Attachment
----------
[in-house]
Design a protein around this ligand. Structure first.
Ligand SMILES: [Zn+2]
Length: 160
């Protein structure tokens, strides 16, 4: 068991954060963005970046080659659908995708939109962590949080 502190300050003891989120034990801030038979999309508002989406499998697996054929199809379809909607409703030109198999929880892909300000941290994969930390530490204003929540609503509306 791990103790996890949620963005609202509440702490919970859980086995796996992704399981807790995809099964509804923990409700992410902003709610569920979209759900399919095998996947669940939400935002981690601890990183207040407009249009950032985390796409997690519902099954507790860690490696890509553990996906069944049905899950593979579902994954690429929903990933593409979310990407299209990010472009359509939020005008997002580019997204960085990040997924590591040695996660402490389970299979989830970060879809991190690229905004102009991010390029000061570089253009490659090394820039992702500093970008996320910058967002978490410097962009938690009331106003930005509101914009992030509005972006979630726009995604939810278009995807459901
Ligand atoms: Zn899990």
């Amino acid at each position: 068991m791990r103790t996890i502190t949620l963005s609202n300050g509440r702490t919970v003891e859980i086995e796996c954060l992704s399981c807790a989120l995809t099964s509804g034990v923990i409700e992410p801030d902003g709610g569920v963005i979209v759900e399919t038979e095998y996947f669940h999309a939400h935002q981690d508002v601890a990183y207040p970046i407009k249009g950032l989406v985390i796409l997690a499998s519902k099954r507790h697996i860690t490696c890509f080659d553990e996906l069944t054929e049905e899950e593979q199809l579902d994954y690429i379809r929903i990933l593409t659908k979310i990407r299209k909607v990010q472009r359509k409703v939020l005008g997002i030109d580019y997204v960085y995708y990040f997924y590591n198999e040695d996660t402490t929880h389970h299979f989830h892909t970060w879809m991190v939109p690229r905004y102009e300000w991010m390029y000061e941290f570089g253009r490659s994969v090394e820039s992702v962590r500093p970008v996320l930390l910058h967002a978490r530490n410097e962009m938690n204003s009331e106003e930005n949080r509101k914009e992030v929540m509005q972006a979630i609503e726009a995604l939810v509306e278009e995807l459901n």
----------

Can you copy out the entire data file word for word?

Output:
[in-house]
Design a protein around this ligand. Structure first.
Ligand SMILES: [Zn+2]
Length: 160
């Protein structure tokens, strides 16, 4: 068991954060963005970046080659659908995708939109962590949080 502190300050003891989120034990801030038979999309508002989406499998697996054929199809379809909607409703030109198999929880892909300000941290994969930390530490204003929540609503509306 791990103790996890949620963005609202509440702490919970859980086995796996992704399981807790995809099964509804923990409700992410902003709610569920979209759900399919095998996947669940939400935002981690601890990183207040407009249009950032985390796409997690519902099954507790860690490696890509553990996906069944049905899950593979579902994954690429929903990933593409979310990407299209990010472009359509939020005008997002580019997204960085990040997924590591040695996660402490389970299979989830970060879809991190690229905004102009991010390029000061570089253009490659090394820039992702500093970008996320910058967002978490410097962009938690009331106003930005509101914009992030509005972006979630726009995604939810278009995807459901
Ligand atoms: Zn899990």
């Amino acid at each position: 068991m791990r103790t996890i502190t949620l963005s609202n300050g509440r702490t919970v003891e859980i086995e796996c954060l992704s399981c807790a989120l995809t099964s509804g034990v923990i409700e992410p801030d902003g709610g569920v963005i979209v759900e399919t038979e095998y996947f669940h999309a939400h935002q981690d508002v601890a990183y207040p970046i407009k249009g950032l989406v985390i796409l997690a499998s519902k099954r507790h697996i860690t490696c890509f080659d553990e996906l069944t054929e049905e899950e593979q199809l579902d994954y690429i379809r929903i990933l593409t659908k979310i990407r299209k909607v990010q472009r359509k409703v939020l005008g997002i030109d580019y997204v960085y995708y990040f997924y590591n198999e040695d996660t402490t929880h389970h299979f989830h892909t970060w879809m991190v939109p690229r905004y102009e300000w991010m390029y000061e941290f570089g253009r490659s994969v090394e820039s992702v962590r500093p970008v996320l930390l910058h967002a978490r530490n410097e962009m938690n204003s009331e106003e930005n949080r509101k914009e992030v929540m509005q972006a979630i609503e726009a995604l939810v509306e278009e995807l459901n």